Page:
We produce an issue every other week, so there's at least a pause to gasp for air. During the planning and execution of the Kickstarter, you can imagine that we're doing all the regular Magazine stuff, plus we're making sure that everything was lined up and continues to be pushing along for the book! When the Kickstarter funds (looks like soon! looks very likely!), we'll be able to hand off a lot of the work to our designers, while we go over with writers any changes we think we should make or that they want to make, and write the material for the front and back matter.

I have never had Marco's coffee. I will someday visit his kingdom of Hastings, slay the giant bug that guards entry, sing a song about ResEdit to put the five-headed Siracusa into a state of slumber, and then crack the crypto on his car's ignition lock, at which point I gain the keys to the kingdom and his coffee secrets.

mzagaja1 karma

A few questions:

  1. What tools and formats are the writers using? Do they have to be trained in formatting it in certain ways or do you have someone that takes in whatever they send and converts it?

  2. Is the Magazine limited to Marco's audience or has it been building readership in other niches? In other words, how are people discovering it?

  3. Is The Magazine a concept that works because the audience is tech savvy, or are there signs that it could work in other spaces like local news and politics, or cooking?

allhumanknowledge3 karma

I can comment on that first question (I'm a frequent contributor). I write for The Magazine in Markdown using BBEdit on a Mac. Some of the more complex articles (ones with many footnotes, like my Tetris piece in January) were first written in Scrivener (which is where I try to write anything of real length/complexity), then converted into Markdown via export. The reason I use Scrivener is to keep track of footnotes, interview transcripts, and citations -- basically, making sure I keep my factual ducks in a row and have all the pieces together in one place.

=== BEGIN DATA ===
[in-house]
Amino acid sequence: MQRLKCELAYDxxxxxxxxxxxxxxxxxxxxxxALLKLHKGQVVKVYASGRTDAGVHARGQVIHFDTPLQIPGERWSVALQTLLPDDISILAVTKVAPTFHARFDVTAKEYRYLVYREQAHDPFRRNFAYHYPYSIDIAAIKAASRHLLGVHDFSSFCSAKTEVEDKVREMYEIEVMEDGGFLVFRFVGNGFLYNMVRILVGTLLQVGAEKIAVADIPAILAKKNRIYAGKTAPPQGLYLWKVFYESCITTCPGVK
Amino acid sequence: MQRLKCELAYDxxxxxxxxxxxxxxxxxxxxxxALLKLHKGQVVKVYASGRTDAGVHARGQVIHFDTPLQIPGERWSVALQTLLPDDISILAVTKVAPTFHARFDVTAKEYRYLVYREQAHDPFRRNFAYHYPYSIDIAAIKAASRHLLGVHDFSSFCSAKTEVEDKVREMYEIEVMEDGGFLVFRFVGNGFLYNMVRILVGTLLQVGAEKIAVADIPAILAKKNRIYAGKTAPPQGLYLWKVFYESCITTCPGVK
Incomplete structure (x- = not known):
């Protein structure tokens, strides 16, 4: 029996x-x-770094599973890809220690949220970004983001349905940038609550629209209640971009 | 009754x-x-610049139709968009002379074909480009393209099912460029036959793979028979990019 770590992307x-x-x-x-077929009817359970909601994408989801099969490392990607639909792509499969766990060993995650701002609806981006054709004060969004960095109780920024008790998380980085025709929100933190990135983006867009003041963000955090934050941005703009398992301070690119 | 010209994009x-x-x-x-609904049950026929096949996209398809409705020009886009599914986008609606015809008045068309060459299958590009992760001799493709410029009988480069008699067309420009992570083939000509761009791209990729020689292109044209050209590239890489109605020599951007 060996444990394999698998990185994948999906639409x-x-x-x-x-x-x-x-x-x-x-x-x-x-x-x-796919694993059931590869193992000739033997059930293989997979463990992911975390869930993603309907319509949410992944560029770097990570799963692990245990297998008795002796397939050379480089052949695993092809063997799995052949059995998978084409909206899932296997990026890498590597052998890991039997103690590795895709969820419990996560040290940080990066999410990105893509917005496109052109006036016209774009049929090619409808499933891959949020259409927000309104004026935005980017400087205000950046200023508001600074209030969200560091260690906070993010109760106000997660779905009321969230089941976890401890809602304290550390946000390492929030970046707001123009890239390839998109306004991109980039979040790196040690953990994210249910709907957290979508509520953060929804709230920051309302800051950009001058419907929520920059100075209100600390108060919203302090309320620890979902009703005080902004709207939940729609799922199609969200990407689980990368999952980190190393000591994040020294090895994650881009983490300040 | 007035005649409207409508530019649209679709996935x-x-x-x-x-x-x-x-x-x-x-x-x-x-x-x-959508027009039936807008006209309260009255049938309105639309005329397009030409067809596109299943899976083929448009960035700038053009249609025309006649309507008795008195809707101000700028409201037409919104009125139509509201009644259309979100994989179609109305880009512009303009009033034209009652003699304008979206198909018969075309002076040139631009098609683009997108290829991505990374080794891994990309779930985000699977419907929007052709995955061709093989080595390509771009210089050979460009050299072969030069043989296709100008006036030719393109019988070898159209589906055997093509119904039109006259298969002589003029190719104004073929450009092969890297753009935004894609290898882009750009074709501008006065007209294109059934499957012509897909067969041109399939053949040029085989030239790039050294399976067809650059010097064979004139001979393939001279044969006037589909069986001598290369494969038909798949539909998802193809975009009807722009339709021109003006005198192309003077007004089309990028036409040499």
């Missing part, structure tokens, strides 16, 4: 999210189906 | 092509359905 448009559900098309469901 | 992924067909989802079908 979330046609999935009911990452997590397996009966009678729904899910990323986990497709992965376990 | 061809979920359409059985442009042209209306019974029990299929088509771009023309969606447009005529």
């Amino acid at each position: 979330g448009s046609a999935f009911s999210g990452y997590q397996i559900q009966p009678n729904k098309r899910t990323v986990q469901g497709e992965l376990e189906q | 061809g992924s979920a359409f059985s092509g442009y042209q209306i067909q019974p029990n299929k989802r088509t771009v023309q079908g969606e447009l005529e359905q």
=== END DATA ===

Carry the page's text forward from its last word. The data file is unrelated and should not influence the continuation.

I do this largely because because I know that Markdown is the native language of The Magazine's CMS -- so I assume there's less friction in popping the article into the CMS. (It also makes revision diffs easy for me to view when I get back edits. I use Kaleidoscope for that, though anything would work.) I presume that an author who is not fluent in Markdown could use something else (your canonical Word document, for instance), but I'll leave that to Glenn.

FWIW, in my other freelancing work, I have never seen a publication accept (much less encourage) Markdown nor any sort of plain text format. Usually it's Word, or in the case of a blog, "put it in the CMS yourself."

montlaker2 karma

What he said!

My answers:

  1. We're increasingly working in .doc because of its ability to track changes. We worked initially with more technical writers for whom BBEdit or other tools and diff were just fine ways to see changes. Now we're working with more general reporters and essayists, and .doc is a necessary evil. (I edit in Pages ’09, and then export as .doc, and Track Changes markup is preserved back and forth!)

  2. What's funny is that Marco and I changed the focus of the publication a few weeks into my tenure (back a year ago) with his full blessing to a more general-interest publication, but it's still seen as a bit of a techie mag. We try to find stories that someone who spends most of their time reading Reddit, Wired, and similar publications would find interesting, but which aren't about technology (or at least about digital consumer stuff). We've gone way beyond the original audience, and we're trying to find subscribers and readers who like Wired, the Economist, and the New Yorker, but want stories that speak a little closer to their hearts in terms of feel.

  3. Hard to say—I think there are enough people now with smartphones and tablets of all kinds, and who read perfectly happily on a desktop browser, who would subscribe in large-enough numbers to make other subject areas work. But my refrain is: it's hard to find paying subscribers.

mzagaja1 karma

Oh wow I had no idea track changes worked back and fourth with Pages. I just started using Pages '11 and now am going to have to try that. Though as a lawyer I'm often stuck using word because I need to use some obscure feature.

montlaker2 karma